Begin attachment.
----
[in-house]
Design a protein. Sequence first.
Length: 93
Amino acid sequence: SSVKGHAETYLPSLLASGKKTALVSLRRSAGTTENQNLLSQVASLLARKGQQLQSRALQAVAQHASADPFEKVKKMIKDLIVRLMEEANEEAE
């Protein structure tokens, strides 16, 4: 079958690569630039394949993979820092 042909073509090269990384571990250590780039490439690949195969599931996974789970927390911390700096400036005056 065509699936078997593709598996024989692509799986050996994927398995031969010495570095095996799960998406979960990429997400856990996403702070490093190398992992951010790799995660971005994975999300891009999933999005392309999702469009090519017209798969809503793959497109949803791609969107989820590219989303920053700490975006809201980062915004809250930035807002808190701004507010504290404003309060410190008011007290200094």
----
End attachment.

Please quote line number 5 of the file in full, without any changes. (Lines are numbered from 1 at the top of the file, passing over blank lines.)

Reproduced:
């Protein structure tokens, strides 16, 4: 079958690569630039394949993979820092 042909073509090269990384571990250590780039490439690949195969599931996974789970927390911390700096400036005056 065509699936078997593709598996024989692509799986050996994927398995031969010495570095095996799960998406979960990429997400856990996403702070490093190398992992951010790799995660971005994975999300891009999933999005392309999702469009090519017209798969809503793959497109949803791609969107989820590219989303920053700490975006809201980062915004809250930035807002808190701004507010504290404003309060410190008011007290200094």